EDITORIAL: The Institution of Chartered Accountants of Pakistan’s (ICAP’s) initiative of preparing a Model Federal Budget 2021-22, along with proposals for economic growth, and presenting it to the ministry of finance is a very praiseworthy professional exercise. The existing pool of knowledge contributing to the budget-making process can only result in a win-win situation for all. The contributions made by more and market professionals will certainly help the government articulate a better approach to the budget-making processes in what are clearly very demanding times. ICAP’s proposal is the first of its kind and it can only be hoped that it will prompt other professional bodies to do the same. In fact, such proposals should not only come from industry- and sector-specific outlets but also opposition political parties so the finance ministry is able to have a thorough understanding of what different segments of the economy are expecting from the next fiscal’s policy.
While it’s true that the government doesn’t have much leverage when it comes to setting some of the more important targets, it is still important to point out, as ICAP’s document has implied, that there is no point in setting targets that cannot be achieved. And it’s not very likely that tax revenue expectations of Rs 6,000 billion can be met next year. This is a very important point and for some reason no administration takes it seriously, regardless of whether we are in an International Monetary Fund (IMF) programme, because by setting unrealistic targets they only set themselves up for a bigger fiscal deficit figure for no reason at all. The budget proposal goes on to suggest ways of expanding the tax net to sectors that offer little or nothing to revenue. Agriculture and wholesale, for example, contribute a mere 1.5 percent to direct taxes even though together they make up for about 42 percent of country’s GDP. Similarly, exports give only one percent to taxes while accounting for 10 percent of GDP.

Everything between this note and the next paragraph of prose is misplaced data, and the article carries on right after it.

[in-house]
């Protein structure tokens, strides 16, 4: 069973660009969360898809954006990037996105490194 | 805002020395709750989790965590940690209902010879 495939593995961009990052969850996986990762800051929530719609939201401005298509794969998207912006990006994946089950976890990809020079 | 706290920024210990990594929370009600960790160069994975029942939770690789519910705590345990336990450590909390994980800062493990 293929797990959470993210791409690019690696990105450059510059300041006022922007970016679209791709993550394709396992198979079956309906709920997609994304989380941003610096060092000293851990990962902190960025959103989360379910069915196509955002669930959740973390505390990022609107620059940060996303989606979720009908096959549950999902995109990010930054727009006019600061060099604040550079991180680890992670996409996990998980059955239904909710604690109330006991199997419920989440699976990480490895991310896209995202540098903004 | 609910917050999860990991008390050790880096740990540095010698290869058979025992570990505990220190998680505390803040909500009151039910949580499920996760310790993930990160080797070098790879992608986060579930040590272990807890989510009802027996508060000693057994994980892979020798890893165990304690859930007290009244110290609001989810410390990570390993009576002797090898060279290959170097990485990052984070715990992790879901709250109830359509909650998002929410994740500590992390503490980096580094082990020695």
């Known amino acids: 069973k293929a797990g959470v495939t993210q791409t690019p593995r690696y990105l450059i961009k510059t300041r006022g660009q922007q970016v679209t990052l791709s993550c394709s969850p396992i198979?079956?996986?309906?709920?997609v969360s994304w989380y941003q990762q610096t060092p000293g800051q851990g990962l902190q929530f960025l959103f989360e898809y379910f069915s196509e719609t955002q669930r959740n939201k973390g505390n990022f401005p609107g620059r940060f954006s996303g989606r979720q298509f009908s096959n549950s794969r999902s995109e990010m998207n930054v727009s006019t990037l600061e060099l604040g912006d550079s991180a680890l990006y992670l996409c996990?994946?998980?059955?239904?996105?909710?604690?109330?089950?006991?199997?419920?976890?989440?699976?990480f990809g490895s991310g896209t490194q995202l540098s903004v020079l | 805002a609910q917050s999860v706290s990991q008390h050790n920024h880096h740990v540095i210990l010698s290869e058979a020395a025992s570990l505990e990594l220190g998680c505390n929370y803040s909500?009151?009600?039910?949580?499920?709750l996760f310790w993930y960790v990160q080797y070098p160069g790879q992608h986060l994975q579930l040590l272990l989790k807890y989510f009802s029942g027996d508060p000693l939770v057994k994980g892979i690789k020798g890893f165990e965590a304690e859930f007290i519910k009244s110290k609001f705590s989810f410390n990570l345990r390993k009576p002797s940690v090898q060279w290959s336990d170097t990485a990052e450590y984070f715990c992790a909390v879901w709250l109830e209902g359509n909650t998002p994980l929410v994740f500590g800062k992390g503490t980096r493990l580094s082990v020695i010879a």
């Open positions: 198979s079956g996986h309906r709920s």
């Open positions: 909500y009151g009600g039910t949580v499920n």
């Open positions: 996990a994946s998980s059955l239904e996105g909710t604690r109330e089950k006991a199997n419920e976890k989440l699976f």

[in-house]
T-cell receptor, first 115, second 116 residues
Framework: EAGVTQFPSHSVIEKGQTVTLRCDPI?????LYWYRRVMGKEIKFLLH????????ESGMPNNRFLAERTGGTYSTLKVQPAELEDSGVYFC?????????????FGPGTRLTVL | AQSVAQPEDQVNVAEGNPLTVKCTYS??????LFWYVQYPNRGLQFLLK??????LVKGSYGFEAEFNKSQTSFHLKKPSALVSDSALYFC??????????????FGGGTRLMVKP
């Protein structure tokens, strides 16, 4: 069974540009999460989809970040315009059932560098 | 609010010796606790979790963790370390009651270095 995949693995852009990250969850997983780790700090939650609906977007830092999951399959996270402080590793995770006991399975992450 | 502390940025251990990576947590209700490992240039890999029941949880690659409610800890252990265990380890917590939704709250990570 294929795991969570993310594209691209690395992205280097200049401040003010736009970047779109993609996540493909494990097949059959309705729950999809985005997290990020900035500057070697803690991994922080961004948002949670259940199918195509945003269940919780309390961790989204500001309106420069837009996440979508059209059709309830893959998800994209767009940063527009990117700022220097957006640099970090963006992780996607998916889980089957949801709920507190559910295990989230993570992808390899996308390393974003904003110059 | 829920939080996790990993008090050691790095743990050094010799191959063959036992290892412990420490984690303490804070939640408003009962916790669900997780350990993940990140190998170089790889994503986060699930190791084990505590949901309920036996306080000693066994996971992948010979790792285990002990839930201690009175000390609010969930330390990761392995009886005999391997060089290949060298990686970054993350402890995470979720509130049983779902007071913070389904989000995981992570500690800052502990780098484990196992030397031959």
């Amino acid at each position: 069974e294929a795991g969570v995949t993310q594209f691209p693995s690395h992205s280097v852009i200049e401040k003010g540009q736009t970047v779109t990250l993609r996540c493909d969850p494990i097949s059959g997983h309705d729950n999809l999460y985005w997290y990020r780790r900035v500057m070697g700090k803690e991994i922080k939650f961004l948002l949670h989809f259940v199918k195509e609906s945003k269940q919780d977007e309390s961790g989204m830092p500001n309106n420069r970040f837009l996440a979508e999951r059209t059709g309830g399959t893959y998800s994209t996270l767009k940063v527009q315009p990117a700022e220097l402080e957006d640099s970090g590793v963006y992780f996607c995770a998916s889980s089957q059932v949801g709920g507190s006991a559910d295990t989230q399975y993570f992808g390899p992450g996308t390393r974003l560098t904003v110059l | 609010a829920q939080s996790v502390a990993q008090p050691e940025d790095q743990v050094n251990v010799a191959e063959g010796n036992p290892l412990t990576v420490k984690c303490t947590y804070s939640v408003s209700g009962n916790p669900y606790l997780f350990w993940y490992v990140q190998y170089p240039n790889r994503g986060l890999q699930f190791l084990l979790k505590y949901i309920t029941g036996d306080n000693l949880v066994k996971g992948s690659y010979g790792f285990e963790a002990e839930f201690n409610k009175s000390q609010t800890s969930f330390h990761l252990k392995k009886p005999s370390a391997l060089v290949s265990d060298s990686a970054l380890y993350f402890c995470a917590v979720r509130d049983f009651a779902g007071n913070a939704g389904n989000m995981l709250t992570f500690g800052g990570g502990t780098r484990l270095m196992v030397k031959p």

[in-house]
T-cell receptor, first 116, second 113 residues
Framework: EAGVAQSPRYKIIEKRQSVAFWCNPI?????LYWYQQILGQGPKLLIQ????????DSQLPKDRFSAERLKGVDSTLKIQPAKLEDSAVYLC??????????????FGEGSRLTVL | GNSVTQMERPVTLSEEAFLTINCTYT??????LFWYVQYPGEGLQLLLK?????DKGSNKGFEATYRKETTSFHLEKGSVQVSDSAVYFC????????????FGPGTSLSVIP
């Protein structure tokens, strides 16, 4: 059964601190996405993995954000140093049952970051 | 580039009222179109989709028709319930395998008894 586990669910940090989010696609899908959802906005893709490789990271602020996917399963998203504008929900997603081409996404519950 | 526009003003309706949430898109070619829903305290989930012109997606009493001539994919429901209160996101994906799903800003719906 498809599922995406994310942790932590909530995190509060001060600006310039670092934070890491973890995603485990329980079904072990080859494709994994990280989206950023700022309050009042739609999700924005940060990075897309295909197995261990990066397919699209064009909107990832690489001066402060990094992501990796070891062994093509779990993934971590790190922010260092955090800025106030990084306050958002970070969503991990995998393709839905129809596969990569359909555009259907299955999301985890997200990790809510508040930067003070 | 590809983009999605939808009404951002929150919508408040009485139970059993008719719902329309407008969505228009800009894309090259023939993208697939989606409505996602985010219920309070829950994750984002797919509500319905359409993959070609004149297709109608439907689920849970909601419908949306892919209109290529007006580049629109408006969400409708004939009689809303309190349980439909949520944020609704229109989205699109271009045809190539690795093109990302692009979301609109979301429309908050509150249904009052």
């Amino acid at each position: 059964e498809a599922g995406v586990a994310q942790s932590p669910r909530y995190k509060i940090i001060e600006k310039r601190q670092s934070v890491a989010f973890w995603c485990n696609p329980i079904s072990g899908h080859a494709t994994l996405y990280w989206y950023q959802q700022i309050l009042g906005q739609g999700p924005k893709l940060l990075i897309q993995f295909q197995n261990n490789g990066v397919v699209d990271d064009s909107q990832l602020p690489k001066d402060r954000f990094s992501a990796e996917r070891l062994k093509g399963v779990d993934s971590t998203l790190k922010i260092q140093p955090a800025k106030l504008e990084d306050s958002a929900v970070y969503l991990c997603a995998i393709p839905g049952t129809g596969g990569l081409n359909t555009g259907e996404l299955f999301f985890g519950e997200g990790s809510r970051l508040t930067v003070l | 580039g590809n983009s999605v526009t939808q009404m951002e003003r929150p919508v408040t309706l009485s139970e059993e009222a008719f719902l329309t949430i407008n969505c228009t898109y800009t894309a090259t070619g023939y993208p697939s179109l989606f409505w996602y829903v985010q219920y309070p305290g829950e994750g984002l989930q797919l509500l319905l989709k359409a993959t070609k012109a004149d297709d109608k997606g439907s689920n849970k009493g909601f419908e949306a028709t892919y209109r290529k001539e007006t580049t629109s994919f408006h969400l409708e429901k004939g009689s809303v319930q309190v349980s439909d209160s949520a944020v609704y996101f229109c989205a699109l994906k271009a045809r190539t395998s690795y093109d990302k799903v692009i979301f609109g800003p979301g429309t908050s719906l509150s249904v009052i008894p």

These are smart ideas that ought to get the government thinking. There is after all a very urgent need to sort out inequities in the tax regime while also increasing overall revenue; and these can be the first few steps in the right direction. The proposal also mentions ways to protect and advance the agriculture sector because “whatever growth was achieved earlier was because of it.” The recommendation that under the aegis of the federal government a coordinating body should be formed to oversee and implement “farm-to-market” authority with respect to provinces should be considered very seriously because something will have to be done about so-called middlemen and other inefficiencies that sideline farmers and corrupt product prices. And option seems as good as any on the table at the moment.
There’s not much time left before next year’s budget and the finance ministry must already be putting the final touches on the document. Hopefully, the government will receive more such proposals next year, and much earlier, to enrich and add flavour to the long thinking process that goes into preparing the annual budget. A good way to encourage such activity could be making this process interactive and letting ICAP know what relevant authorities make of its observations and suggestions. The government will no doubt already be aware of a lot of smart ideas that will come forward, which is only to be expected, but it will still learn something about how to prioritise some of the points that it was already thinking about. If a lot of market leaders and stakeholders ask for the same things, then on occasion the government might feel forced to make certain changes in some policies that it might otherwise not have considered too seriously. And that, in many ways, is the very essence of policymaking in a functioning democracy.
Copyright Business Recorder, 2021